It’s the ride you notice next: it’s Rolls-Royce comfortable, maybe better. ProActive Chassis Control means the 12C has double wishbones and coil springs at each corner, but no anti-roll bars. Instead the dampers are hydraulically interconnected, so each wheel effectively operates independently of the others. You can dial roll stiffness into the system when needed, but around town, on the motorway, everywhere, the 12C rides with a level of compliance to shame a Phantom. With the gearbox seamlessly shifting through the gears, and both pedals moving with Porsche-like levels of mechanical quality, this is a supercar that’s superb at moving slowly.
And outstanding at going fast. Even with the seven-speed ’box left in Drive and the suspension in its most compliant setting the 12C is quicker than almost everything else, so serene is the ride and so strong its 616bhp. But through the Active Dynamics Panel in the centre console you can dial the Powertrain and Handling settings up from Normal to Sport and onto Track. Fiddle with the former and there’s a more aggressive throttle, faster shift times and a louder engine; adjust the latter and rather than just firmer dampers you can feel the lateral stiffness of the whole car increasing.
The 3.8-litre V8 is astonishingly strong too, smacking like Rupert Murdoch’s third wife. It’s got the torque of a turbo engine, yet revs like it’s naturally aspirated: 443lb ft is yours from 3000rpm to 7000rpm (by which point most turbo motors are hitting their limits) but the redline is 8500rpm. Only 911 GT3s and Ferraris go higher, and that peerless breadth – from low-rev oomph to high-rev hysterics – means the 12C makes huge lunges in every gear. And with the roof down there’s a Veyron-esque cacophony of hisses and whistles and rumbles from the wastegates, blowers
Reverse the process and the ceramic brakes (monstrous, but a monstrous £10,200 option that irks more when you realise they’re standard on the Ferrari) haul you up relentlessly, and when the Airbrake pops up to assist, you feel the rear end of the 12C squash down into the road. Through hairpins and tight bends you occasionally sense the Brake Steer system gently massaging the inside rear wheel, mimicking the action of a locking differential, and the 12C deploys its monumental power with seeming ease.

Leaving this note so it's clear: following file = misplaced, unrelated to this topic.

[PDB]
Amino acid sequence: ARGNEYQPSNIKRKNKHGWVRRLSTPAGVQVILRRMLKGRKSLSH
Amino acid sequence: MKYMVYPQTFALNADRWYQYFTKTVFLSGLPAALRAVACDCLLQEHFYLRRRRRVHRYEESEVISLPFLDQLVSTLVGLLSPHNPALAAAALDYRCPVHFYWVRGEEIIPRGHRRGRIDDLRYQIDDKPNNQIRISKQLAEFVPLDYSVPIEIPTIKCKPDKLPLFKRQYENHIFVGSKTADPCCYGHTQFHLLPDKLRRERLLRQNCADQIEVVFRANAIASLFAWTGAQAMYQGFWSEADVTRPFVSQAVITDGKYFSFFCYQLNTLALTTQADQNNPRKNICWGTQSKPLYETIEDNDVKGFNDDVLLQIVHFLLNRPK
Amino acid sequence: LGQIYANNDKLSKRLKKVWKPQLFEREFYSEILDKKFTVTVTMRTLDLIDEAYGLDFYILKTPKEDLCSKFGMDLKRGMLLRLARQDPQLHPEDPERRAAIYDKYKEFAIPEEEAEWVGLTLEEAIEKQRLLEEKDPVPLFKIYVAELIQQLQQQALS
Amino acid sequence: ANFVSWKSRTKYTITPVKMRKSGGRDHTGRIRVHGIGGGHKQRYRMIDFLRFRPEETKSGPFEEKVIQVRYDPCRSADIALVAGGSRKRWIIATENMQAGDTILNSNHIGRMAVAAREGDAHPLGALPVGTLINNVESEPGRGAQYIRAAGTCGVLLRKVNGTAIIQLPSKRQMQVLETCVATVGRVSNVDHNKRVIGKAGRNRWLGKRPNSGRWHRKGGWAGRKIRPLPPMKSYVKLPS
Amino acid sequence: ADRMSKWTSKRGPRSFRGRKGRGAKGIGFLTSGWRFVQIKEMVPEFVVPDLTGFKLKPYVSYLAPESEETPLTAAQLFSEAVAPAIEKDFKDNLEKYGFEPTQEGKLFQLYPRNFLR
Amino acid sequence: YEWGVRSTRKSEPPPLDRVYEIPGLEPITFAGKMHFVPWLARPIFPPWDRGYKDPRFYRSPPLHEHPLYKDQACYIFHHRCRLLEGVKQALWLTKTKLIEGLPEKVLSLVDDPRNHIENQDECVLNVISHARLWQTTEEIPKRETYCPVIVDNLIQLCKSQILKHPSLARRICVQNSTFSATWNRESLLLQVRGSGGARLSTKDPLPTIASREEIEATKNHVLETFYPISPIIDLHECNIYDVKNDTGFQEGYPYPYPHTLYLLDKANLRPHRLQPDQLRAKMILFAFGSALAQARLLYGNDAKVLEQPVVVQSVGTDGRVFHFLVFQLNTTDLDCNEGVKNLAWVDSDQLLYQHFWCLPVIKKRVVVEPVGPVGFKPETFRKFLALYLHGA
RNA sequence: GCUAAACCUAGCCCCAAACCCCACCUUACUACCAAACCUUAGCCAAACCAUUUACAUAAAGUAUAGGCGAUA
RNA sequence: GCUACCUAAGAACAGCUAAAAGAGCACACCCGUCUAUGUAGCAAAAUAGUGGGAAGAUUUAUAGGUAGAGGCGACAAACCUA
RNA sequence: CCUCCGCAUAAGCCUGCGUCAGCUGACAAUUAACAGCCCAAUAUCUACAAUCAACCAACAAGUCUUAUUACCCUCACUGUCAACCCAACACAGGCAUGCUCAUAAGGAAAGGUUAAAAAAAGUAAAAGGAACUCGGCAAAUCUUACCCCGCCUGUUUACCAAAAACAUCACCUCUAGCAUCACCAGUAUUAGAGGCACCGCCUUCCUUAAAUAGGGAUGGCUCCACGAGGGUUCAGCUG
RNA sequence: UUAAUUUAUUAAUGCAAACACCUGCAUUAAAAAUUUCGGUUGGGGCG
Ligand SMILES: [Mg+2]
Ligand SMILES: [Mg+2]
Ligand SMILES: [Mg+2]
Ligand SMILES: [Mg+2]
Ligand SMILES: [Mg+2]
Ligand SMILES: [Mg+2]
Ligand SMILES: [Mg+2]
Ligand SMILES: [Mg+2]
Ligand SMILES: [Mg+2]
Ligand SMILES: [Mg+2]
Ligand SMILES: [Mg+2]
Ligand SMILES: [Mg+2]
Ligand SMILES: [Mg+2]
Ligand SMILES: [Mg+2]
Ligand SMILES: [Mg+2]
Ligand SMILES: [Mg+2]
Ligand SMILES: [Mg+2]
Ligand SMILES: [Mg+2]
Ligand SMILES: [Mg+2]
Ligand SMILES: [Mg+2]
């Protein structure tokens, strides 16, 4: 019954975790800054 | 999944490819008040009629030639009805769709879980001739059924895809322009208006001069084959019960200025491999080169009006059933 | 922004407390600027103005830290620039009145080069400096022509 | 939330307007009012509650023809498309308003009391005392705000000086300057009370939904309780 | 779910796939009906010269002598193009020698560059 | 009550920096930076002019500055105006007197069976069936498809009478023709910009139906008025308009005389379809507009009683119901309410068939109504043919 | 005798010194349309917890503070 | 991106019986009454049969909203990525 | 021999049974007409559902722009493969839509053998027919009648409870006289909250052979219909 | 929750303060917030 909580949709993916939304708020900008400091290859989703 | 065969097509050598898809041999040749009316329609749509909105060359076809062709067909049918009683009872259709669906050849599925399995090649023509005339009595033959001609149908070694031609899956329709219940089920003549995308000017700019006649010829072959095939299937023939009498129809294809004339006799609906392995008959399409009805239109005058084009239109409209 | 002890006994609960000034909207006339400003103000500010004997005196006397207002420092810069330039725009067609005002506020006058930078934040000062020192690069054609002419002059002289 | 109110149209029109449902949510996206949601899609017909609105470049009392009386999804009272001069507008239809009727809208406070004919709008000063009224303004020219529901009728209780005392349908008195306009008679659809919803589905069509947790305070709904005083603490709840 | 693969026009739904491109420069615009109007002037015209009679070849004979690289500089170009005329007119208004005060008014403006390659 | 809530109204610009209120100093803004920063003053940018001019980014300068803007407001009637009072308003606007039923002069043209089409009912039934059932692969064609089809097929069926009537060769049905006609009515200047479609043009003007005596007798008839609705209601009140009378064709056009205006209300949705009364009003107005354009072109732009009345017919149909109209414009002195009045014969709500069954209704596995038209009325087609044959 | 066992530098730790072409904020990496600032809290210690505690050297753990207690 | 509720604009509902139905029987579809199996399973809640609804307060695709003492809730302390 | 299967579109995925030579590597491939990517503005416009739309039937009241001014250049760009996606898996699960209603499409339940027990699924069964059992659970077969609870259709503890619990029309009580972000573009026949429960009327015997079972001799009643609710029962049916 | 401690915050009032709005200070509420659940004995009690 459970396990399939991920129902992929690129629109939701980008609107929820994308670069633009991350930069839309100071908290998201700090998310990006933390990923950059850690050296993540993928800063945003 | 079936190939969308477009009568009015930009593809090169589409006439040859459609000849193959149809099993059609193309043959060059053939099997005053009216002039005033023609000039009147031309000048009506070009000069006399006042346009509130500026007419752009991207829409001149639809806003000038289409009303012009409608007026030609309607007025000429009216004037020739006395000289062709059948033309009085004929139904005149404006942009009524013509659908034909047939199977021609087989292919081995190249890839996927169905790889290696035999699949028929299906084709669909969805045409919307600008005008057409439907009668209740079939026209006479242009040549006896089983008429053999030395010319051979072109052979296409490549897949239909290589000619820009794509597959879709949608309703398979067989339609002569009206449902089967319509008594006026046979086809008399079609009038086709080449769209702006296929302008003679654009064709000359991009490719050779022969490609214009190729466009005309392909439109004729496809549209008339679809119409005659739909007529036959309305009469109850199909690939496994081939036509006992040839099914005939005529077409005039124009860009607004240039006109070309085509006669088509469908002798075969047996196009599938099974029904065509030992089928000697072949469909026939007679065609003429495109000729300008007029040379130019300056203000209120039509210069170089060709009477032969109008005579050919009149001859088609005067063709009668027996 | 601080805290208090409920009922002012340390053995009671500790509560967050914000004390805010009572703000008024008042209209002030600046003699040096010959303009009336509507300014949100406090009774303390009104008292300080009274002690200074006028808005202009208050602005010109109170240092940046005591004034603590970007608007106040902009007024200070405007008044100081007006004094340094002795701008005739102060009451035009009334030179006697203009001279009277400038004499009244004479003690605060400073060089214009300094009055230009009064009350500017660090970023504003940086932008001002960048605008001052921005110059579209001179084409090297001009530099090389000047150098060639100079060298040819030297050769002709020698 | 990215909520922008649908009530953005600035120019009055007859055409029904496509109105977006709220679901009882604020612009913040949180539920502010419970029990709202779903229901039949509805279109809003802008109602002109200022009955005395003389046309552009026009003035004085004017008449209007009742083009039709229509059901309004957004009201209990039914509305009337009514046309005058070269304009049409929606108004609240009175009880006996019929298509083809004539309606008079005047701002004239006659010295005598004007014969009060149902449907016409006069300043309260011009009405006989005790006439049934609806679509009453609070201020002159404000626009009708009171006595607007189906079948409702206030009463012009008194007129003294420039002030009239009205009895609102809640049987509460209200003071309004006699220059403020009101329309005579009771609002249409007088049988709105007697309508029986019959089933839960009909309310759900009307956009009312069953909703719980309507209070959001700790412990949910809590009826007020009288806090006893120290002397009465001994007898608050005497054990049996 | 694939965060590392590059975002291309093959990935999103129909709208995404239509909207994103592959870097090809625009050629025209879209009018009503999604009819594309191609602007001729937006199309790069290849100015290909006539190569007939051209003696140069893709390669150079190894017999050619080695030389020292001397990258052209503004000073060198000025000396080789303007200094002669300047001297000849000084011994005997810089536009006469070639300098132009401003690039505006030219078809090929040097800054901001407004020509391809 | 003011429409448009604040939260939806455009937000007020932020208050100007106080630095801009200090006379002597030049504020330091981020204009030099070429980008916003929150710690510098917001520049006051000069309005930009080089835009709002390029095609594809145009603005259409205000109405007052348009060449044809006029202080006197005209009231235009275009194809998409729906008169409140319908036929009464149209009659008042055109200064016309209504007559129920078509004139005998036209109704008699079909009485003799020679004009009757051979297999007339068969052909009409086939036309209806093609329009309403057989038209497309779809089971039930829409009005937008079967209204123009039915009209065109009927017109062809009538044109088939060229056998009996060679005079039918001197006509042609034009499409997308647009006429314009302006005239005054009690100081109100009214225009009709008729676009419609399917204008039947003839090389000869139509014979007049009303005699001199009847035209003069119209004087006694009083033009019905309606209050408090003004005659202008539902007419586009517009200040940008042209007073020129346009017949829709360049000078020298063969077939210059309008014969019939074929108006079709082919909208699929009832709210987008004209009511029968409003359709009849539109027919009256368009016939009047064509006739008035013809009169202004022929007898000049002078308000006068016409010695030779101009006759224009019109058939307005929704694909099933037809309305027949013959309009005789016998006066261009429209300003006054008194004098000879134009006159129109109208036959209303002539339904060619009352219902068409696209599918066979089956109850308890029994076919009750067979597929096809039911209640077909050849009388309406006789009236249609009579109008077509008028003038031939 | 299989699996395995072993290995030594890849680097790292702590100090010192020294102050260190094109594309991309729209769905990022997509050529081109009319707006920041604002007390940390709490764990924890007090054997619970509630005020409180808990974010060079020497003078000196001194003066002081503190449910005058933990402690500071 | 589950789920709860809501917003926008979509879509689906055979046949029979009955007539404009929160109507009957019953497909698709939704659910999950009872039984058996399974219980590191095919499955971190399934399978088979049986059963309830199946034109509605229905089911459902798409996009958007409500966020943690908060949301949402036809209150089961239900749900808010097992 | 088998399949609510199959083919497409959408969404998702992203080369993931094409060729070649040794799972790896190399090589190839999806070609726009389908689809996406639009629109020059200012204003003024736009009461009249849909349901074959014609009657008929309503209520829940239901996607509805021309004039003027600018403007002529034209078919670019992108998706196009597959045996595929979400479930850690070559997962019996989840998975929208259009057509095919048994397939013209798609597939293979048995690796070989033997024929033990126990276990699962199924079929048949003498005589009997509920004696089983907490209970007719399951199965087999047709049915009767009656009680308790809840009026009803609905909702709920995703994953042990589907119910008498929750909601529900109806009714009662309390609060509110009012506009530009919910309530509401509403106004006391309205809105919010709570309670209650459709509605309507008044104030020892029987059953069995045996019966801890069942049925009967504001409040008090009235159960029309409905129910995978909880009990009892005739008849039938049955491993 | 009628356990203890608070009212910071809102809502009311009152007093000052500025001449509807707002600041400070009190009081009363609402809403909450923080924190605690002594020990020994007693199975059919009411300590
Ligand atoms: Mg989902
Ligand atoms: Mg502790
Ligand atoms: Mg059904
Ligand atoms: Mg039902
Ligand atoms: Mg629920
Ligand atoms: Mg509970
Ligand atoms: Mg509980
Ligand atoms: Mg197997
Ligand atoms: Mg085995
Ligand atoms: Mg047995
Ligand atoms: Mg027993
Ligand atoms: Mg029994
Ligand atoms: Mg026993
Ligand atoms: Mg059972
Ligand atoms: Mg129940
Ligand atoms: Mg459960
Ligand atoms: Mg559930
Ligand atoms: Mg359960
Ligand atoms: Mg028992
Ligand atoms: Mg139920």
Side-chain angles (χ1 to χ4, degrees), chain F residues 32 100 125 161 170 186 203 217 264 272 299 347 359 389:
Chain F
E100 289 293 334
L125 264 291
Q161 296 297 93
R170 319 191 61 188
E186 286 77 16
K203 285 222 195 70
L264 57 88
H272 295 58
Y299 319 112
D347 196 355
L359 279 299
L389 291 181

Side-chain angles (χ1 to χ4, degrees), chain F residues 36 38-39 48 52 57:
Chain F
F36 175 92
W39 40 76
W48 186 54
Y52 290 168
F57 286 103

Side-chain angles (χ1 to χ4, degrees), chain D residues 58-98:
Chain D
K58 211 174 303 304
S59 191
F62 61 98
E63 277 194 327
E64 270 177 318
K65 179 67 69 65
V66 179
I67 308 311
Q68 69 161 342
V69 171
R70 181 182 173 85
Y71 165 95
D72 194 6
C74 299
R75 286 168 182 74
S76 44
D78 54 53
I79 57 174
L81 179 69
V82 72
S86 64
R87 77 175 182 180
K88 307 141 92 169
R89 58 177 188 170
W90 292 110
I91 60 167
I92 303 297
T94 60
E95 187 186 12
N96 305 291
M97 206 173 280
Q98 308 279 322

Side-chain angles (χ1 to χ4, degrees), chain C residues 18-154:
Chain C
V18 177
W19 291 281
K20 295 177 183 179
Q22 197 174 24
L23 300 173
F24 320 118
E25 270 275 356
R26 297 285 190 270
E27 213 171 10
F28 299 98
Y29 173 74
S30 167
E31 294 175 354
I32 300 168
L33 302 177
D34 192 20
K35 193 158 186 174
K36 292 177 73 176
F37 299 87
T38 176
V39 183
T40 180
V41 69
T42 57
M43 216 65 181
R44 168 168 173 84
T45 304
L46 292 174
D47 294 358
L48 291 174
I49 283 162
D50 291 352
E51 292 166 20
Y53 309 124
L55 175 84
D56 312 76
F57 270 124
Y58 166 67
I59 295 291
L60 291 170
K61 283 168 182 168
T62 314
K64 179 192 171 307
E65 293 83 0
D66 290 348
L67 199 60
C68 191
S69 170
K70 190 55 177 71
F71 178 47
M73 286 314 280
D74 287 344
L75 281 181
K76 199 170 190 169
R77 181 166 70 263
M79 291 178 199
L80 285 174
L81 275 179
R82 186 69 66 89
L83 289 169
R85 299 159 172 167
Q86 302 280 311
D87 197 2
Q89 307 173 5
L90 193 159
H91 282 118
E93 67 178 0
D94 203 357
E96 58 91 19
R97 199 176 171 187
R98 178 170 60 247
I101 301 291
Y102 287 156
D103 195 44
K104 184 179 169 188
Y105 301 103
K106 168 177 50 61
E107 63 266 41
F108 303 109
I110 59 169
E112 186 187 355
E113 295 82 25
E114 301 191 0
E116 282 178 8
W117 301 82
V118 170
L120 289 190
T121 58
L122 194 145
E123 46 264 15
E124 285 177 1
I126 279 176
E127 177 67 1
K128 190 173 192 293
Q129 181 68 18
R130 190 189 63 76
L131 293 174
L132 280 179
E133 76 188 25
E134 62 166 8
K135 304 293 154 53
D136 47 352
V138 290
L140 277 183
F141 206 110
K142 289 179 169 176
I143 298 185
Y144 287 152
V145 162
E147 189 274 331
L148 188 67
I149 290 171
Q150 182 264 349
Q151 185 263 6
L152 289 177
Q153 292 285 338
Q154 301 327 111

There’s nothing to distract you from the task of going fast either: the wheel is free from buttons and switches, forward visibility is superb, and there’s not a shimmy or a shake from the chassis, the carbonfibre monocoque meaning the Spider doesn’t require any additional strengthening. The clever hydraulic suspension means the 12C corners flat and hard too, but all remains serene and calm inside the cabin, even in Track mode. Bumps you see – and your mind prepares for – never reach your bottom, so you concentrate, never feel intimidated, and let the McLaren translate its potential performance to the road more efficiently and effectively than any other car. It’s serene, sometimes alarmingly so, because often you don’t realise quite how quickly you’re going.
It’s an utterly different sensation in the 458. You prod that cherry starter button, crank the manettino dial round to at least Race, and then incessantly chase the moment when all five red LEDs are illuminated in the carbonfibre steering wheel, when the white needle in the big yellow rev counter is pointing at 9000rpm, and the noise from the triple exhausts is washing into the cabin in waves and entirely enveloping your world. The 563bhp V8 shrieks and screams and barks, and the pitch and tone changes with every twitch of your toes on the pin-sharp throttle. You play with the slender carbonfibre paddles, lost in the romance of driving a Ferrari, in awe of the noises that never leave you. It always feels fast.